Friday, December 30, 2016

Drowned In Moonlight, Strangled By Her Own Bra

I realize this is late - between me being away, me arranging my thoughts on the matter, and the ARE/OmniLit fiasco...

...but this one hit me hard. I am not entirely sure why. (Maybe it's the dog).

But what I wanted to say about Carrie Fisher, other than the above "joke" cause of death, which is posted at her own request, is this:

She was not just a princess.

To most of us, she was Princess Leia, but here's the thing. She first took the role of Leia when she was 19 years old. She did five movies as Leia - A New Hope (1977), The Empire Strikes Back (1980), Return Of The Jedi (1983), The Force Awakens (2015) and Episode VII - which has no announced title (2017).

So, that's...let's do the math. 32 years in which she was not Princess Leia. That's longer than some of the people reading this have lived.

So, what I really wanted to do was point out all the other things she was:

Carrie Fisher's IMDB page lists 90 total acting credits, although one of them is marked as "Announced" and presumably will not happen now.

Of those credits, she was Princess Leia in 8 of them - the five movies, the Star Wars Holiday Special in 1988, the Robot Chicken Star Wars episode (in which she was also Mon Mothma), and the Lego Star Wars video game.

So, that's 81 credits in which she was, you know, not Princess Leia.

And that's just as an actor.

Carrie also has 11 writer credits, two of which are documentaries she did on her own experiences in Hollywood.

She has 11 soundtrack credits as a performer. Yes, she could sing - not surprising giving her mother, Debbie Reynolds (Also RIP - very sad) was a musical performer.

She has one producer credit, for a TV movie called "These Old Broads."

And...that's just what's publicly credited. See, Fisher was also something called a "script doctor" - which is movie-speak for a script editor. Somebody who takes a script and improves it. Script doctors are generally uncredited, but they salvage broken movies all the time. She actually rewrote some of her own dialogue in ESB, which got her a gig writing an episode of Young Indiana Jones Chronicles.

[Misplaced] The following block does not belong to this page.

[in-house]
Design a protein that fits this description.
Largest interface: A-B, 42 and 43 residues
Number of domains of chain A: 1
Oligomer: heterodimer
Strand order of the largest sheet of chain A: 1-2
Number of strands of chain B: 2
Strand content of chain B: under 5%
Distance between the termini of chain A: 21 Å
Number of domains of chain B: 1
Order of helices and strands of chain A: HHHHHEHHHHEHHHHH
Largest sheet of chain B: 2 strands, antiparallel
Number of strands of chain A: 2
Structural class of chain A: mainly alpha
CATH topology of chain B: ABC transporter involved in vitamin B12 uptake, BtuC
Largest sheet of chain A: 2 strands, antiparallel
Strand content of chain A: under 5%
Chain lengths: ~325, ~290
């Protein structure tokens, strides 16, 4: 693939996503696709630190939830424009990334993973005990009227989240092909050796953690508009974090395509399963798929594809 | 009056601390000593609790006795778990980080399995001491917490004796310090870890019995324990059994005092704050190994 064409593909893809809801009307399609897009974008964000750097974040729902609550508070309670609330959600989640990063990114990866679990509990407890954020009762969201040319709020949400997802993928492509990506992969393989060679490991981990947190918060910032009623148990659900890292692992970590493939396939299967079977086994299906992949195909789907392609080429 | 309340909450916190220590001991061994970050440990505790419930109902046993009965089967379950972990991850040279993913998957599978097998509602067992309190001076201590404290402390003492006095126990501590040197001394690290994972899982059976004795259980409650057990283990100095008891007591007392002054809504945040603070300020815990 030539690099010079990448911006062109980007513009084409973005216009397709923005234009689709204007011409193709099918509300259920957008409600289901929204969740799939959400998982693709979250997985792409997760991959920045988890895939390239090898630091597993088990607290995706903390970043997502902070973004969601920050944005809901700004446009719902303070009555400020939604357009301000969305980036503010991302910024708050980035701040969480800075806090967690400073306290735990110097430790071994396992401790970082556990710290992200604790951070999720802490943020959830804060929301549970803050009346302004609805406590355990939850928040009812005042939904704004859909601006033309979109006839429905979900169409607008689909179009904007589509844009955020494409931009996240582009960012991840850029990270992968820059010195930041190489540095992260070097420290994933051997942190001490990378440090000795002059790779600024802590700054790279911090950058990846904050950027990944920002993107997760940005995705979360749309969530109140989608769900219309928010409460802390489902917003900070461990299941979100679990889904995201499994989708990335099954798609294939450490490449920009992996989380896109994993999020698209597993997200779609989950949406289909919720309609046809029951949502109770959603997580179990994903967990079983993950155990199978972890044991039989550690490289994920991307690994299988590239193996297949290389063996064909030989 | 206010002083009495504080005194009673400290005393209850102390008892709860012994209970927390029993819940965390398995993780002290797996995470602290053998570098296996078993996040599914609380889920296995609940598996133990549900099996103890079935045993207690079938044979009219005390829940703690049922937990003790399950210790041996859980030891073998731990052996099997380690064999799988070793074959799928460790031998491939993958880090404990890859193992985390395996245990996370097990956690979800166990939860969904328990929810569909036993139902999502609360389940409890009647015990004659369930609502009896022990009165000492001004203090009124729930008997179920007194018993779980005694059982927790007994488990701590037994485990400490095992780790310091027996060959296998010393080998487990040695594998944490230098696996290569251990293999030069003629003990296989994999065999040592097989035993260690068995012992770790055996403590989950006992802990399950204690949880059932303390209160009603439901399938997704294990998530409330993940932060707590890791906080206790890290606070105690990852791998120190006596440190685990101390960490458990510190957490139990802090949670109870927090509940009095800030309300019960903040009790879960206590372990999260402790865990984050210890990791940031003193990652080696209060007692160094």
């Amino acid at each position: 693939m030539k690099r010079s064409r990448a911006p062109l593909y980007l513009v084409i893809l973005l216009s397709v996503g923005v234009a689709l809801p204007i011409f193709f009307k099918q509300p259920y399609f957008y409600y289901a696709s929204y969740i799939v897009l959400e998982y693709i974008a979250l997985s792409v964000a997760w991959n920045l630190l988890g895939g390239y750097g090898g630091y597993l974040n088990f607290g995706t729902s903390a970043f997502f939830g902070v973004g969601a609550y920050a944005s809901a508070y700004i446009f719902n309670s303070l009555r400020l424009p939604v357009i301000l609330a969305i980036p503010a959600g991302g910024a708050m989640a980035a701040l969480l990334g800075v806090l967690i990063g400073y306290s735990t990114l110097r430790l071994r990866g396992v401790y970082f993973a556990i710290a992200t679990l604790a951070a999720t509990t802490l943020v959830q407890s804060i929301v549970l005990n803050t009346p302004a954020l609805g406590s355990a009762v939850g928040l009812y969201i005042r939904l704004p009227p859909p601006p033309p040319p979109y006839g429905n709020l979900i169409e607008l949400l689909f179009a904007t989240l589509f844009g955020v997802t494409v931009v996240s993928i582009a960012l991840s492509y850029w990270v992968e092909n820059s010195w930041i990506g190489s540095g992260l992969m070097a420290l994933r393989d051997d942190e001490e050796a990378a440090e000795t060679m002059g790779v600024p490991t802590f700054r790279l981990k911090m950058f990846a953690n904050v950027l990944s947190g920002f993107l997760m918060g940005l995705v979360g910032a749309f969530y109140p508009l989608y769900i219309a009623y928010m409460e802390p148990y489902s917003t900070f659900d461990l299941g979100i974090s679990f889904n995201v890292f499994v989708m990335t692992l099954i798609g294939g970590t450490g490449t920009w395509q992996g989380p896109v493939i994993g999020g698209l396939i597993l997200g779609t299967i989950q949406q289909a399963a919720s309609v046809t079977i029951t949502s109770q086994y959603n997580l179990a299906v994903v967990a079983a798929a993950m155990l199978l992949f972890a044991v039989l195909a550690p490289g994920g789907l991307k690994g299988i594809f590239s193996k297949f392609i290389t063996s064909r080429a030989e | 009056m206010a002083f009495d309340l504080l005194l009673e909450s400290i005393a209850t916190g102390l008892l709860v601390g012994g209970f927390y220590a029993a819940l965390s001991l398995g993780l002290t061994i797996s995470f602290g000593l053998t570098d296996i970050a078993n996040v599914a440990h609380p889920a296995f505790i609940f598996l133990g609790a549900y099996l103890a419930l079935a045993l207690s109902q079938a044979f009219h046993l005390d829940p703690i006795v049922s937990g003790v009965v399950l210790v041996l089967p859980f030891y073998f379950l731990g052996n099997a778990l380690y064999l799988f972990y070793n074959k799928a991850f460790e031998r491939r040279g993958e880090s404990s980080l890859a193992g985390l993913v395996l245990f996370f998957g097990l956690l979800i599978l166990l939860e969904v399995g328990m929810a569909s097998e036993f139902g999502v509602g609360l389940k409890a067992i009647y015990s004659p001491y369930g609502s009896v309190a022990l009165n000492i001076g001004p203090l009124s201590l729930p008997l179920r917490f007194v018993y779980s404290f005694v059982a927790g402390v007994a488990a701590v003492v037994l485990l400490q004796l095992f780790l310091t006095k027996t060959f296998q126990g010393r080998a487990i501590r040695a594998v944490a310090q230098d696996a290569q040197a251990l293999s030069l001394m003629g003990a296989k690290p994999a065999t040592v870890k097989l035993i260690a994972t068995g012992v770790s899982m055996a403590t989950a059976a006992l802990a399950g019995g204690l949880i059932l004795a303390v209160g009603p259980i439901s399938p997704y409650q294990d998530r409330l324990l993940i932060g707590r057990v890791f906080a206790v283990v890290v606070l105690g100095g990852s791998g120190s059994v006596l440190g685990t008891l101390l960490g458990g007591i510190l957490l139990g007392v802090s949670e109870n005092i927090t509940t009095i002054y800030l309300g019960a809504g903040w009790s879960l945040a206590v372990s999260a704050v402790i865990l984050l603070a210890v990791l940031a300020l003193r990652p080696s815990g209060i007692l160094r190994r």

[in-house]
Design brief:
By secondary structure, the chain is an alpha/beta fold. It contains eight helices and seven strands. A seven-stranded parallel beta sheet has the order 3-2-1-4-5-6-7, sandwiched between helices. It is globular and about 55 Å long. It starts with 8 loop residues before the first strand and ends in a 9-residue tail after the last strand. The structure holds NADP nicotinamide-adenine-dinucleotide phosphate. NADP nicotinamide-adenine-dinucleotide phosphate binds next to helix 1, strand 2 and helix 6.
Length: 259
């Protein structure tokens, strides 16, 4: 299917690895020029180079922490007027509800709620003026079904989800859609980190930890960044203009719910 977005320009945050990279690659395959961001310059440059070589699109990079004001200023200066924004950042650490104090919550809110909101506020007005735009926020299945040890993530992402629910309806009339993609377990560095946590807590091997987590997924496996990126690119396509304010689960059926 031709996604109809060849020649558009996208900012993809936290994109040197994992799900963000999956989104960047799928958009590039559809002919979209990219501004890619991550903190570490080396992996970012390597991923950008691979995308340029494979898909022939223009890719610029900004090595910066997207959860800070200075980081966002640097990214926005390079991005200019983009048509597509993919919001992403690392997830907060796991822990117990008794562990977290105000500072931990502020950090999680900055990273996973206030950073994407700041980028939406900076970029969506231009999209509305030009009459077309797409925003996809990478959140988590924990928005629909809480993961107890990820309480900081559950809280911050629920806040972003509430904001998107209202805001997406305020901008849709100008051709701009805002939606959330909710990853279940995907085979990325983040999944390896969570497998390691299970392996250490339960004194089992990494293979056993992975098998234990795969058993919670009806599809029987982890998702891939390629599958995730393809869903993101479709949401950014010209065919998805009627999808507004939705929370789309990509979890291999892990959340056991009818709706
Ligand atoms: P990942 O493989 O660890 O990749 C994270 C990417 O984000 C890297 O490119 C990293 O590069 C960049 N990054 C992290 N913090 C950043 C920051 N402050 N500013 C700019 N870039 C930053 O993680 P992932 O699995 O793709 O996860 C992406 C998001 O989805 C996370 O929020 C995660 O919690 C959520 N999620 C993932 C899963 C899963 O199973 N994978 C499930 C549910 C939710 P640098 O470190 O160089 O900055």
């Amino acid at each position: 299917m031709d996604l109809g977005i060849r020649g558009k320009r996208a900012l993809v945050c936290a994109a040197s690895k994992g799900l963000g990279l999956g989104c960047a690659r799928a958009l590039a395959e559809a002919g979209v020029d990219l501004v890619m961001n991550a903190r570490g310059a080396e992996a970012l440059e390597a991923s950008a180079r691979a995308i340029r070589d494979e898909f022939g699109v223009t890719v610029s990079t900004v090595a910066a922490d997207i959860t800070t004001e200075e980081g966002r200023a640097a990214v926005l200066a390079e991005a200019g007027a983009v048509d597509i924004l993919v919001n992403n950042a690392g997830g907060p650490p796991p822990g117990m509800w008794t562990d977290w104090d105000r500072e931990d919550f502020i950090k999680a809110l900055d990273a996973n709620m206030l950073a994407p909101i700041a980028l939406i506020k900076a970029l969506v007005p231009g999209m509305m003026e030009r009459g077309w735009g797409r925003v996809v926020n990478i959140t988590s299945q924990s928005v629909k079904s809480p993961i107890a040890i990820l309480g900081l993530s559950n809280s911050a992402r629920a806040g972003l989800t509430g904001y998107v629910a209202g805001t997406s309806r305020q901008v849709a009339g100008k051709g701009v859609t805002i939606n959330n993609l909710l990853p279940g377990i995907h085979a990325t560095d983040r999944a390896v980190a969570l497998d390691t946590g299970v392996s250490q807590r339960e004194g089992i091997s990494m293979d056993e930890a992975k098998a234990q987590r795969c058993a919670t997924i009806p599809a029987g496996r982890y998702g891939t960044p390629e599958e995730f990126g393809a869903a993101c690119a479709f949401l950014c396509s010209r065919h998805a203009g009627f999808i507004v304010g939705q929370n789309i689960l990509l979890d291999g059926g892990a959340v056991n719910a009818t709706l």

In fact, Carrie Fisher was one of the top script doctors in Hollywood in the 1990s. She may actually have been a better script doctor than actor.

Some movies she worked on included the prequel trilogy (would they have been even, uh, worse without her), Hook, Sister Act, Lethal Weapon 3, The River Wild, Made IN America, Outbreak, The Wedding Singer, So I Married An Axe Murderer, Intolerable Cruelty, Scream 3, Coyote Ugly, Kate & Leopold, Mr. And Mrs. Smith. She stopped doing it in the 2000s because she didn't like how the process had changed. But look at that list of movies.

And she also wrote books - five novels - Wishful Drinking, Surrender The Pink, Delusions of Grandma, The Best Awful and Postcards from the Edge.

And then there were the non-fiction books based on her own life, her struggles with bipolar disorder and addiction.

But far too many people remember her in that dang metal bikini.

So, I wanted to give a shout out to Carrie Fisher

Script doctor
Non-fiction writer

...and yes, princess. In so many ways.

(By the way, if anyone's worried about the dog, Billie Lourdes took him in).

Thursday, December 29, 2016

All Romance Ebooks

(Putting off the Carrie Fisher obit another day because this is important).

I found out yesterday that on December 27 major e-book vendor All Romance Ebooks (which also owned OmniLit) abruptly announced they were shuttering as of December 31.

The basic facts:

1. The site will go dark on December 31. If you own books that you purchased from either site and left in the online library, you need to download them by then. If you can't, likely because the site crashed from everyone trying to do the same thing, then some authors/publishers are honoring ARE/OmniLit purchases - check their site or contact them. (I believe the Musa Publishing version of Transpecial was on OmniLit at one point, but I am not sure that I sold any copies. None of my other books are on the site).

2. Some readers have reported that ARE site credits are no longer usable.